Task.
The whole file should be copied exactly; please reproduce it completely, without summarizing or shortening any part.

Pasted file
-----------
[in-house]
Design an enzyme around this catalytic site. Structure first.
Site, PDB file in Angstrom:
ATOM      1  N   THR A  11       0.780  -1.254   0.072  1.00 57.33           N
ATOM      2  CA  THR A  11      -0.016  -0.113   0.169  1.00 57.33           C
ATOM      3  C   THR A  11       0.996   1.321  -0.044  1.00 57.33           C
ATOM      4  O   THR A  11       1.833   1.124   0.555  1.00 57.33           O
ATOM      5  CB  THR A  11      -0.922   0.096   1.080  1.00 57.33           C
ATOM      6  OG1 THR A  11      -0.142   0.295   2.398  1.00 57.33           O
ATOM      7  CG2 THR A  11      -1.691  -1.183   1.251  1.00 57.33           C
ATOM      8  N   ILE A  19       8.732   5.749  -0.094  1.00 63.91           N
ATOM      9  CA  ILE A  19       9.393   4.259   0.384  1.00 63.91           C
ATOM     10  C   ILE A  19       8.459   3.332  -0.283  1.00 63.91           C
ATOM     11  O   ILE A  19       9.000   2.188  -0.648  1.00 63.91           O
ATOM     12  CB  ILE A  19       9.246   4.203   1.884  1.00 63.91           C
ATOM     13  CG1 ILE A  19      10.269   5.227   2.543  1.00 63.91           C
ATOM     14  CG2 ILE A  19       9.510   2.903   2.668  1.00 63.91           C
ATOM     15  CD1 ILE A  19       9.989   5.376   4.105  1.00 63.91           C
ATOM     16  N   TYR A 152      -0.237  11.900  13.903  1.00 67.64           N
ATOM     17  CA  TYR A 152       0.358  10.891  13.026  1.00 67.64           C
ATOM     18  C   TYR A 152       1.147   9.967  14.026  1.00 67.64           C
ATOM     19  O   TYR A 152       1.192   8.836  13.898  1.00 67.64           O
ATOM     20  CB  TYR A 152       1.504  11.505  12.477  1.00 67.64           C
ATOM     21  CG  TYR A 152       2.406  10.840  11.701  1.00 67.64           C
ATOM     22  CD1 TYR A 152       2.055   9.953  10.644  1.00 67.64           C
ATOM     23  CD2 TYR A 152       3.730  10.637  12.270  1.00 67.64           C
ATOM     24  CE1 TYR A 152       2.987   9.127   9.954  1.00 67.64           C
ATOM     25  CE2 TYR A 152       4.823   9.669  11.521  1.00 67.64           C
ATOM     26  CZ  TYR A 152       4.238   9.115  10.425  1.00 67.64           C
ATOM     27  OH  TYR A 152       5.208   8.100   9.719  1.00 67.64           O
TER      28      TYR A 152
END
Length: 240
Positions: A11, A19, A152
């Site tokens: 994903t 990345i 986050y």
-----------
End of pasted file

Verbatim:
[in-house]
Design an enzyme around this catalytic site. Structure first.
Site, PDB file in Angstrom:
ATOM      1  N   THR A  11       0.780  -1.254   0.072  1.00 57.33           N
ATOM      2  CA  THR A  11      -0.016  -0.113   0.169  1.00 57.33           C
ATOM      3  C   THR A  11       0.996   1.321  -0.044  1.00 57.33           C
ATOM      4  O   THR A  11       1.833   1.124   0.555  1.00 57.33           O
ATOM      5  CB  THR A  11      -0.922   0.096   1.080  1.00 57.33           C
ATOM      6  OG1 THR A  11      -0.142   0.295   2.398  1.00 57.33           O
ATOM      7  CG2 THR A  11      -1.691  -1.183   1.251  1.00 57.33           C
ATOM      8  N   ILE A  19       8.732   5.749  -0.094  1.00 63.91           N
ATOM      9  CA  ILE A  19       9.393   4.259   0.384  1.00 63.91           C
ATOM     10  C   ILE A  19       8.459   3.332  -0.283  1.00 63.91           C
ATOM     11  O   ILE A  19       9.000   2.188  -0.648  1.00 63.91           O
ATOM     12  CB  ILE A  19       9.246   4.203   1.884  1.00 63.91           C
ATOM     13  CG1 ILE A  19      10.269   5.227   2.543  1.00 63.91           C
ATOM     14  CG2 ILE A  19       9.510   2.903   2.668  1.00 63.91           C
ATOM     15  CD1 ILE A  19       9.989   5.376   4.105  1.00 63.91           C
ATOM     16  N   TYR A 152      -0.237  11.900  13.903  1.00 67.64           N
ATOM     17  CA  TYR A 152       0.358  10.891  13.026  1.00 67.64           C
ATOM     18  C   TYR A 152       1.147   9.967  14.026  1.00 67.64           C
ATOM     19  O   TYR A 152       1.192   8.836  13.898  1.00 67.64           O
ATOM     20  CB  TYR A 152       1.504  11.505  12.477  1.00 67.64           C
ATOM     21  CG  TYR A 152       2.406  10.840  11.701  1.00 67.64           C
ATOM     22  CD1 TYR A 152       2.055   9.953  10.644  1.00 67.64           C
ATOM     23  CD2 TYR A 152       3.730  10.637  12.270  1.00 67.64           C
ATOM     24  CE1 TYR A 152       2.987   9.127   9.954  1.00 67.64           C
ATOM     25  CE2 TYR A 152       4.823   9.669  11.521  1.00 67.64           C
ATOM     26  CZ  TYR A 152       4.238   9.115  10.425  1.00 67.64           C
ATOM     27  OH  TYR A 152       5.208   8.100   9.719  1.00 67.64           O
TER      28      TYR A 152
END
Length: 240
Positions: A11, A19, A152
């Site tokens: 994903t 990345i 986050y």